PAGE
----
EC: U.S. online gambling laws breach WTO

27 March 2009

WASHINGTON, D.C. -- (PRESS RELEASE) -- As part of a formal investigation, the European Commission has issued a preliminary report that finds U.S. laws on Internet gambling are legally not justified and discriminatory. The report found that the treatment of foreign Internet gambling operators by the U.S. under existing domestic law constituted a barrier to market access for European companies and is inconsistent with World Trade Organization (WTO) rules. Legislation previously introduced by Rep. Barney Frank (D-Mass.) would resolve the trade dispute by regulating Internet gambling and creating a level playing field among domestic and foreign Internet gambling operators.

"The European Commission investigation further highlights the need for the Obama Administration and Congress to regulate Internet gambling not only to protect consumers, but in order to restore integrity to the international trade system," said Jeffrey Sandman, spokesperson for the Safe and Secure Internet Gambling Initiative. "The Obama Administration should seek to forge a new direction on Internet gambling, rather than keeping in place a protectionist trade policy that hypocritically discriminates against foreign online gambling operators."

E.U. Trade Commissioner Catherine Ashton released a statement that encourages the U.S. to regulate Internet gambling as a way to address this issue. "It is for the US to decide how best to regulate Internet gambling in its market, but this must be done in a way that fully respects WTO obligations. I am hopeful that we can find a swift, negotiated solution to this issue," said Commissioner Ashton.

Rt Hon. David Blunkett MP, former U.K. Home Secretary and current Member of the U.K. Parliament joined in calling for U.S. regulation, saying, "I fully support the call by the EU Trade Commissioner, Cathy Ashton, for urgent U.S. action to regularise the trade relationship, respect WTO rules and to regulate online gambling. This would provide not only fair competition, but protection for individuals and families, and a legal basis on which substantial revenue could be raised at a time of considerable pressure on public finances."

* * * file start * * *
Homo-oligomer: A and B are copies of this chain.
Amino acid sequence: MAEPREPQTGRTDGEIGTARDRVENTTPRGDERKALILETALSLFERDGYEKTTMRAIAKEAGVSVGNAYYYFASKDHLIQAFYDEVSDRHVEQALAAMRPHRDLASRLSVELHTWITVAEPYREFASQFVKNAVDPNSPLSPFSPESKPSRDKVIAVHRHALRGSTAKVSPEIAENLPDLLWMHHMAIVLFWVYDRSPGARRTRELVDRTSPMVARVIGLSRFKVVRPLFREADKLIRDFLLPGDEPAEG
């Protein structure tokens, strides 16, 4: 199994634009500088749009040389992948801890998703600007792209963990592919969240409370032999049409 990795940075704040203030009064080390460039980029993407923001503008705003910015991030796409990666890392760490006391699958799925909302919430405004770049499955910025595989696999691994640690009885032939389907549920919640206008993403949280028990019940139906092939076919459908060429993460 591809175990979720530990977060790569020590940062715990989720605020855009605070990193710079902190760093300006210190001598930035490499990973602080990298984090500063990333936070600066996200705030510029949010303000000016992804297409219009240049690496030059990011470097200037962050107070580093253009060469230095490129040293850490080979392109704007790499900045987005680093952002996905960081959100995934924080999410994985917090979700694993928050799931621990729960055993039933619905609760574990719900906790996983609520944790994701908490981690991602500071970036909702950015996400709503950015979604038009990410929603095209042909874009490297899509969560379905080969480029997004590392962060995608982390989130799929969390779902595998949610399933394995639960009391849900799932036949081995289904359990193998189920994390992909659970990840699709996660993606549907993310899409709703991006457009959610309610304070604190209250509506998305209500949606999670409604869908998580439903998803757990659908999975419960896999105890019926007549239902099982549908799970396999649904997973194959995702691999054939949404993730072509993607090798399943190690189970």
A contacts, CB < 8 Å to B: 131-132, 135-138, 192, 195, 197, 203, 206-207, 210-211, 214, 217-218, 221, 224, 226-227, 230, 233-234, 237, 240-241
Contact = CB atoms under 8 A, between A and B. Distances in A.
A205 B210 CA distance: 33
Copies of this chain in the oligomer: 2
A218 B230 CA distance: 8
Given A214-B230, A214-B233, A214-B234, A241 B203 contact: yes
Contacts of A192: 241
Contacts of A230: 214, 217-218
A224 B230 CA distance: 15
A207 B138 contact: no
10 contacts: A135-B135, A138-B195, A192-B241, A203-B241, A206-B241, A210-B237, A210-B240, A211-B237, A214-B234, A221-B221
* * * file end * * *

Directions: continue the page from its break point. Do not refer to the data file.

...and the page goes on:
The investigation by the European Commission is the result of a Trade Barrier Regulation complaint filed by the Remote Gambling Association (RGA), which represents the largest remote gambling companies in Europe. In its complaint the RGA claims the United States violates international trade law by threatening and pursuing criminal prosecutions, forfeitures and other enforcement actions against foreign Internet gambling operators, while allowing domestic U.S. online gambling operators, primarily horse betting, to flourish.

At the conclusion of the investigation, the European Commission could pursue discussions with the U.S. to find an appropriate solution to end the discrimination. If the parties cannot settle the matter themselves, the Commission could bring a case against the U.S. to the WTO.

A recent analysis found that the U.S. could receive as much as $51.9 billion in federal revenue over the next decade if Internet gambling is regulated as proposed in legislation previously introduced by Representatives Barney Frank (D-Mass.) and Jim McDermott (D-Wash.).